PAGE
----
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South Africa’s MTN sees strong growth in Iran despite sanctions

US Rep. Ilhan Omar (D-MN) (L) talks with Speaker of the House Nancy Pelosi (D-CA) during a rally with fellow Democrats before voting on H.R. 1, or the People Act, on the East Steps of the US Capitol on March 08, 2019 in Washington, DC. (AFP photo)
Iran is MTN's second biggest market with 43 million subscribers at the end of 2017.

South Africa's MTN Group says its business prospects in Iran - the second-biggest market by subscribers - are still robust despite US sanctions and the fallout from the coronavirus outbreak.

Iran’s lack of access to the global financial network as a result of the sanctions has made it difficult for international companies to carry out normal business with the Islamic Republic.

For MTN, taking money out of Iran is a major challenge, the Johannesburg-based company’s Chief Financial Officer Ralph Mupita told Bloomberg on Wednesday.

However, the company has come up with a novel solution: it allows its Iranian unit, Irancell, to convert earnings into loans from MTN rather than send them to the parent company.

“This has placed MTN Irancell in a position where it has enough cash to continue funding its network expansion, even during these tough times,” Mupita said.

Africa’s biggest wireless networks group is now facing another unforeseen challenge in the form of the fast spreading coronavirus.

Iran has emerged as one of the hotspots of the disease, where the total number of infected people across the country reached 17,361 on Wednesday.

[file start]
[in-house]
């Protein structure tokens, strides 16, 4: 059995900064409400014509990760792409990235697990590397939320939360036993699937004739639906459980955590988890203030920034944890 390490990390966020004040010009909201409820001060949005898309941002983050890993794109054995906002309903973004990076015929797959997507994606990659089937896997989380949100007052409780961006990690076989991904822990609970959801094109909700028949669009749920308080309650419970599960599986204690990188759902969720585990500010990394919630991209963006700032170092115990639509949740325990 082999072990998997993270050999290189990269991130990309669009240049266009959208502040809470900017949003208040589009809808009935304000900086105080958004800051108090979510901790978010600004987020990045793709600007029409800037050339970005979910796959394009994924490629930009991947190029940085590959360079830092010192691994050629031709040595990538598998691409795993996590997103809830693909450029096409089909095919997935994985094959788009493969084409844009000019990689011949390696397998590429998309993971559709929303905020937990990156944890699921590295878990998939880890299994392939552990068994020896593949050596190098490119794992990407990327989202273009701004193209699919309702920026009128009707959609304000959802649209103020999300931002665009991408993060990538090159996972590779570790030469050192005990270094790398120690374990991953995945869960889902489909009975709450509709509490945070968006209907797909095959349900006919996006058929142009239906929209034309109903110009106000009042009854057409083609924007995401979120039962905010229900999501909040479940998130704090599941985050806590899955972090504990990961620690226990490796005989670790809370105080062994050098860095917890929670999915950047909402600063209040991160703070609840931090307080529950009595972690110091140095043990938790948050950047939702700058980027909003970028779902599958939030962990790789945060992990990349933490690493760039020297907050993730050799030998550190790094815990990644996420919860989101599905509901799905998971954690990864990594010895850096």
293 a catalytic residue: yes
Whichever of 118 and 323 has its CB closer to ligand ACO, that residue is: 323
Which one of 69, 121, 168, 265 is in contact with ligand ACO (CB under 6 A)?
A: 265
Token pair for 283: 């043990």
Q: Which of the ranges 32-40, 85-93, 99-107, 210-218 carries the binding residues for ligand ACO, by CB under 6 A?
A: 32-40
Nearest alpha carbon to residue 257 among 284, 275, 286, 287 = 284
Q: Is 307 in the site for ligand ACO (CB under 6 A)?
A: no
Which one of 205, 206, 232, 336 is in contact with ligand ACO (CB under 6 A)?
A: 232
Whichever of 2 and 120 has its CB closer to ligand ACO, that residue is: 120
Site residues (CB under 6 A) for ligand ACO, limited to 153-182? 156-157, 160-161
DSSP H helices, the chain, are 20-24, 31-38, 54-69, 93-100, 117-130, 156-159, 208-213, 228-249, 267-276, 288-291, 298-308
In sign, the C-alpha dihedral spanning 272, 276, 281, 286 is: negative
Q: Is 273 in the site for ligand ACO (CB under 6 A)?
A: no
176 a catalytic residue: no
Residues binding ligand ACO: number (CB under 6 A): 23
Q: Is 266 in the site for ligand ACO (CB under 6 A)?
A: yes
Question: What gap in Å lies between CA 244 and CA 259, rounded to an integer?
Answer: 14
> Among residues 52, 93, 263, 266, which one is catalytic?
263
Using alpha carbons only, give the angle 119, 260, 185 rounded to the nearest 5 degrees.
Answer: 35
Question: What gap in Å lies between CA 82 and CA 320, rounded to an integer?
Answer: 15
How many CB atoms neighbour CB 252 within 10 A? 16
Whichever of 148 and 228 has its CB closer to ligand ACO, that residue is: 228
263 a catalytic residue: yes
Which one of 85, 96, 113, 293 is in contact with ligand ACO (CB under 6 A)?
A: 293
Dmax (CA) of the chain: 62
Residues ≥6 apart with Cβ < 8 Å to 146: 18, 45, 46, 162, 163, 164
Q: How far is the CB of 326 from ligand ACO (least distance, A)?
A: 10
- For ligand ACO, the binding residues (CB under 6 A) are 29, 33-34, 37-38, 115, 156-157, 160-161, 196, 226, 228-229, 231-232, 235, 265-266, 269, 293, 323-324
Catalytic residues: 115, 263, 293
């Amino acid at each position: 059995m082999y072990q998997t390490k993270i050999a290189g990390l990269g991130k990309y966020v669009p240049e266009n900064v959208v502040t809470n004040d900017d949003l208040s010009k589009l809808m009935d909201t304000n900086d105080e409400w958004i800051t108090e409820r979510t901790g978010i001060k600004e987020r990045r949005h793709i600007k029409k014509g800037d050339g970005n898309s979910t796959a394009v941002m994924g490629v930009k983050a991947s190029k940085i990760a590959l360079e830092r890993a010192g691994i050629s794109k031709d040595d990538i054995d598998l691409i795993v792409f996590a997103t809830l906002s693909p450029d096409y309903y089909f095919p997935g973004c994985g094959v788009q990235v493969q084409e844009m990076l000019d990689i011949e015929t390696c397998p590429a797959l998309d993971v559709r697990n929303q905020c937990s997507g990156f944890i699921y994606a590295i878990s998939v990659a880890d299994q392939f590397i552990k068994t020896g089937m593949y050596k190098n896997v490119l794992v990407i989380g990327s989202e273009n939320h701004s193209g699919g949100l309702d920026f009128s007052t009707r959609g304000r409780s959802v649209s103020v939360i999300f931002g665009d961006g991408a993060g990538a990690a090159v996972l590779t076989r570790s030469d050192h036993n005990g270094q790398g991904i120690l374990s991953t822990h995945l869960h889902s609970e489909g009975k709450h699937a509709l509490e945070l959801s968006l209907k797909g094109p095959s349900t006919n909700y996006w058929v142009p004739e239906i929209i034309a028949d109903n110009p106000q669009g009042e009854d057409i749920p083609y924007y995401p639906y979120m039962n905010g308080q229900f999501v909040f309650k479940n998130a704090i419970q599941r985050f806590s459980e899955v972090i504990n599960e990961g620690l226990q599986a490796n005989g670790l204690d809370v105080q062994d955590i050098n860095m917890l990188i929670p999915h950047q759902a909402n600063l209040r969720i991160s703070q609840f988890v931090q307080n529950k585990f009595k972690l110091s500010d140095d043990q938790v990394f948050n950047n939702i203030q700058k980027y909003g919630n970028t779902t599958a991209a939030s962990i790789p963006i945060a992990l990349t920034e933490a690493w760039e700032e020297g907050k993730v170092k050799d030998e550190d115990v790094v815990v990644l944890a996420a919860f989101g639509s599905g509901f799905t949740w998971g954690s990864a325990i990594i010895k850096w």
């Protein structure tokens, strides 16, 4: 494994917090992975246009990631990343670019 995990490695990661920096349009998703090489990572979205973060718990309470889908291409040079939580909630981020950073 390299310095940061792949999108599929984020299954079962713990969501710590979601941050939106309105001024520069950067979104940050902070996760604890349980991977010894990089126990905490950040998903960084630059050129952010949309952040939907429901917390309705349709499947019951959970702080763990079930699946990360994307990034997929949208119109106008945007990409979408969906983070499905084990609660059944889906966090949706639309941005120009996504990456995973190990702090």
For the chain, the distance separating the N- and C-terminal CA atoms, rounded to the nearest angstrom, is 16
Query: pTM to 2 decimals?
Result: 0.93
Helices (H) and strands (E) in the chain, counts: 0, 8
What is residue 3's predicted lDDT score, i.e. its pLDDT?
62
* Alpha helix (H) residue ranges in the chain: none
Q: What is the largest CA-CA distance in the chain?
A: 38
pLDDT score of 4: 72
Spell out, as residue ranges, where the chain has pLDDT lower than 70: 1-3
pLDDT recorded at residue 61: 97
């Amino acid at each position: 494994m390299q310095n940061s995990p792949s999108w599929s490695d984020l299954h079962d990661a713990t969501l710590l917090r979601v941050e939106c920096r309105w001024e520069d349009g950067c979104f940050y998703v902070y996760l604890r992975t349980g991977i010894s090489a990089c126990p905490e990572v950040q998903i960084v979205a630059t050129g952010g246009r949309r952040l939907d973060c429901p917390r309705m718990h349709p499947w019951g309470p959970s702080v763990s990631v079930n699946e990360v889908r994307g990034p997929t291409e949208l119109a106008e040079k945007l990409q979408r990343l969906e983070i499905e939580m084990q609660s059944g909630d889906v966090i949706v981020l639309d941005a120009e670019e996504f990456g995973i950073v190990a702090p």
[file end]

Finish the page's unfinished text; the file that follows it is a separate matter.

According to a health ministry official, Iran’s death toll from the coronavirus climbed to 1,135 with 147 new deaths in the past 24 hours.

Mupita said his company has implemented work-from-home measures and temperature screenings at its office locations.

“All international travel is banned, and we are busy implementing efforts to reduce domestic travel where possible,” he said.

MTN has a 49 percent stake in national operator Irancell. The company reportedly put on hold a $750 million expansion plan in the Iranian broadband market in the face of US sanctions in 2018.

It had sought to buy a 49 percent stake in fixed line broadband network, Iranian Net, and invest in both equity and loans to help the Iranian company develop a fiber network in eight of the country’s main cities in order to provide high-speed broadband.  

But the wireless carrier decided to shelve the plan because of looming US sanctions, reports said at the time.

Nevertheless, MTN has capitalized on strong growth in the Iranian telecoms market - where it had 43 million subscribers at the end of 2017 - to build an unassailable business jurisdiction.

Following the lifting of sanctions on Iran in early 2017, the company was allowed to repatriate $1 billion in accumulated dividends from its stake in Irancell.

For its entry into Iran in 2005, the company found favor with Iranian authorities who wrote off Turkcell to grant a $4.2 billion contract to MTN, angering the Turkish mobile phone company.

MTN’s new Chief Executive Officer Rob Shuter has vowed to abandon or sell markets that the company sees as prone to trouble and risk not worth it, but Iran’s size has persuaded him to stay put and try to see out the current impasse.

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